Engineering education may diminish concern for public welfare issues

November 20, 2013

Collegiate engineering education may foster a "culture of disengagement" regarding issues of public welfare, according to new research by a sociologist at Rice University.

For the first-of-its-kind study, the researcher used survey data from four U.S. colleges to examine how students' public-welfare beliefs change during their college engineering education and whether the curricular emphases of their engineering programs are related to students' beliefs about public welfare. The study found that engineering students leave college less concerned about public welfare than when they entered.

Study author Erin Cech, an assistant professor of sociology who has B.S. degrees in both electrical engineering and sociology, said that many people inside and outside engineering have emphasized the importance of training ethical, socially conscious engineers, but she wonders if engineering education in the U.S. actually encourages young engineers to take seriously their professional responsibility to public welfare.

"There's an overarching assumption that professional engineering education results in individuals who have a deeper understanding of the public welfare concerns of their profession," Cech said. "My study found that this is not necessarily the case for the engineering students in my sample."

Cech said that as part of their education, engineering students learn the profession's code of ethics, which includes taking seriously the safety, health and welfare of the public. However, she said, it appears that there is something about engineering education that results in students becoming more cynical and less concerned with public policy and social engagement issues.

"The way many people think about the engineering profession as separate from social, political and emotional realms is not an accurate assessment," Cech said. "People have emotional and social reactions to engineered products all the time, and those products shape people's lives in deep ways; so it stands to reason that it is important for engineers to be conscious of broader ethical and social issues related to technology."

Cech said that this "culture of disengagement" is rooted in how engineering education frames engineering problem-solving.

"Issues that are nontechnical in nature are often perceived as irrelevant to the problem-solving process," Cech said. "There seems to be very little time or space in engineering curricula for nontechnical conversations about how particular designs may reproduce inequality - for example, debating whether to make a computer faster, more technologically savvy and expensive versus making it less sophisticated and more accessible for customers."

Cech said ignoring these issues does a disservice to students because practicing engineers are required to address social welfare concerns on a regular basis, even if it involves a conflict of interest or whistleblowing.

"If students are not prepared to think through these issues of public welfare, then we might say they are not fully prepared to enter the engineering practice," Cech said.

Cech became interested in this research topic as an undergraduate electrical engineering student.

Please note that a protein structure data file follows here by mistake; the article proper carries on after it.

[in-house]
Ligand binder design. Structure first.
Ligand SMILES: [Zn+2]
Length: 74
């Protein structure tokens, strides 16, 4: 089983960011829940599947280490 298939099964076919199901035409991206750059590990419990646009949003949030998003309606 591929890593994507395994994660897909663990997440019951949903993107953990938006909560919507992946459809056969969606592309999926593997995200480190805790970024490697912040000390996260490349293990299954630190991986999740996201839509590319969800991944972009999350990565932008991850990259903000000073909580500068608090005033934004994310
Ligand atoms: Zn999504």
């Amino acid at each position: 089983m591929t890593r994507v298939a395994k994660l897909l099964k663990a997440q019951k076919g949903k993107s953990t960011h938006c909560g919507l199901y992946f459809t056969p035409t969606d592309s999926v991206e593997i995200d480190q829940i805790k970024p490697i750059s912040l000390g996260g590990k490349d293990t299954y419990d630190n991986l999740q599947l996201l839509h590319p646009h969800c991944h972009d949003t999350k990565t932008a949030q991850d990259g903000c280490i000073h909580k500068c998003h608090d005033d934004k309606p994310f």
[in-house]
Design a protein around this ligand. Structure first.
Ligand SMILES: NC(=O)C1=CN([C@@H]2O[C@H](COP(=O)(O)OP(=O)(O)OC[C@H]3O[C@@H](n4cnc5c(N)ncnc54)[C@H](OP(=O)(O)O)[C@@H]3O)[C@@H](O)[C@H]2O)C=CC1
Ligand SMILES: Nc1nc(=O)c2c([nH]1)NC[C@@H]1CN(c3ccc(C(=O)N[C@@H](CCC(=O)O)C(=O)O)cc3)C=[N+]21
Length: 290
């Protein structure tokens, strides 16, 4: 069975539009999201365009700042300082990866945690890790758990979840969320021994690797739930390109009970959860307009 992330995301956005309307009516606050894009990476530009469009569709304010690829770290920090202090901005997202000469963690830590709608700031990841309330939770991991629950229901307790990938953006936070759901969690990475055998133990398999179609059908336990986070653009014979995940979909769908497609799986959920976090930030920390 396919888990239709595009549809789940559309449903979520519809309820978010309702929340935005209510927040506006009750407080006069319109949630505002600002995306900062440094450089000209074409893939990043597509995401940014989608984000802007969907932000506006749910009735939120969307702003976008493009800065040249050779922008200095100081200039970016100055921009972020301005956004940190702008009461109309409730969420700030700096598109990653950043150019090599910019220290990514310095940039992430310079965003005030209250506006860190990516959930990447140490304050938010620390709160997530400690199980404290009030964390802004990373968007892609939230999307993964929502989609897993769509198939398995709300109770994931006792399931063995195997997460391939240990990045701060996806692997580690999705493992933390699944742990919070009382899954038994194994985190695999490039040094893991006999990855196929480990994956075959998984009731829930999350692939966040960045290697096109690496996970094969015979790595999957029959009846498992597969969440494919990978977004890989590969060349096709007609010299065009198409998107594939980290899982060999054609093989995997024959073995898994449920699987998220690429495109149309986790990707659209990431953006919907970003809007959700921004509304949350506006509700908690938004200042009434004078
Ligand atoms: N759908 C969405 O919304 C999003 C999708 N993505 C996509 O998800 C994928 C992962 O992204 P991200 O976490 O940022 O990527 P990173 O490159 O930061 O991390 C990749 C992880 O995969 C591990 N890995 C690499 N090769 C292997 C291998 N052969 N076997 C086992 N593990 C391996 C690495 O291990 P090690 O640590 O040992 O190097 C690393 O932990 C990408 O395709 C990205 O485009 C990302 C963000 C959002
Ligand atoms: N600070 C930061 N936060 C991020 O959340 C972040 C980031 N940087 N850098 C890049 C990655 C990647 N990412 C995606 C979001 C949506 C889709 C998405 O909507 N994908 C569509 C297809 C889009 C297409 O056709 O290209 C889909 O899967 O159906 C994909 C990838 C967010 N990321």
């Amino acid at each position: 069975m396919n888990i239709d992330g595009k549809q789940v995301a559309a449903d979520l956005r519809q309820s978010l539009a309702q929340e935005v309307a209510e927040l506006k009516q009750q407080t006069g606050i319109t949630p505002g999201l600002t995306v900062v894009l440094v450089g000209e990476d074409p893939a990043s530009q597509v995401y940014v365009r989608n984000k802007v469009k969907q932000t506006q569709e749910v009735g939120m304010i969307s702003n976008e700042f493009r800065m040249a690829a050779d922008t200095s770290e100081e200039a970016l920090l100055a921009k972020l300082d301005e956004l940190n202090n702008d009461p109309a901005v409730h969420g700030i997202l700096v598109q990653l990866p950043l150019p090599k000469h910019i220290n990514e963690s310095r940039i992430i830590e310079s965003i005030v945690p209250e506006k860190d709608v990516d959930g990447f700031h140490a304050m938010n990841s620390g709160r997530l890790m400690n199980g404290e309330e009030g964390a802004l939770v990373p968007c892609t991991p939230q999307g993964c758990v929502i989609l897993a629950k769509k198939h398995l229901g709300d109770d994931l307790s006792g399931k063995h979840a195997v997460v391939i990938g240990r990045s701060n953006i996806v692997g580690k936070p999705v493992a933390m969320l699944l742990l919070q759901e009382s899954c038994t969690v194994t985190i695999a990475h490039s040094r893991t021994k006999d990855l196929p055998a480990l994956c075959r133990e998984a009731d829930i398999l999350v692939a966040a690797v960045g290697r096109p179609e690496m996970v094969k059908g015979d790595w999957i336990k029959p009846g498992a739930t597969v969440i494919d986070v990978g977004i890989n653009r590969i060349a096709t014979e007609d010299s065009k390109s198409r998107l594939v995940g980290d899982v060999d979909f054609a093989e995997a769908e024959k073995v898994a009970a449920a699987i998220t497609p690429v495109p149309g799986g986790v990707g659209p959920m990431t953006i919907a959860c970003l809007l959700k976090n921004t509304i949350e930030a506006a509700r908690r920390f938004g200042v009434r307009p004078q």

"Because I went through engineering education myself, I care deeply about this topic," she said. "I want to advance the conversation about how engineering education can be the best it can possibly be."

The study included more than 300 students who entered engineering programs as freshmen in 2003 at four U.S. universities in the Northeast. Rice students were not included in the study. Participants were surveyed in the spring of each year and at 18 months after graduation. In the surveys, students were asked to rate the importance of professional and ethical responsibilities and their individual views on the importance of improving society, being active in their community, promoting racial understanding and helping others in need. In addition, the students were asked how important the following factors are to their engineering programs: ethical and/or social issues, policy implications of engineering, and broad education in humanities and social sciences.

"Culture of Disengagement in Engineering Education?" will appear in an upcoming issue of the journal Science, Technology and Human Values. The research was funded by the National Science Foundation.
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Erin Cech is an assistant professor in the Department of Sociology in Rice University's School of Social Sciences.

Erin Cech biography: http://sociology.rice.edu/Content.aspx?id=570

Department of Sociology: http://sociology.rice.edu/

Social Sciences website: http://socialsciences.rice.edu/

Located on a 300-acre forested campus in Houston, Rice University is consistently ranked among the nation's top 20 universities by U.S. News & World Report. Rice has highly respected schools of Architecture, Business, Continuing Studies, Engineering, Humanities, Music, Natural Sciences and Social Sciences and is home to the Baker Institute for Public Policy. With 3,708 undergraduates and 2,374 graduate students, Rice's undergraduate student-to-faculty ratio is 6-to-1. Its residential college system builds close-knit communities and lifelong friendships, just one reason why Rice has been ranked No. 1 for best quality of life multiple times by the Princeton Review and No. 2 for "best value" among private universities by Kiplinger's Personal Finance. To read "What they're saying about Rice," go to http://tinyurl.com/AboutRiceU.

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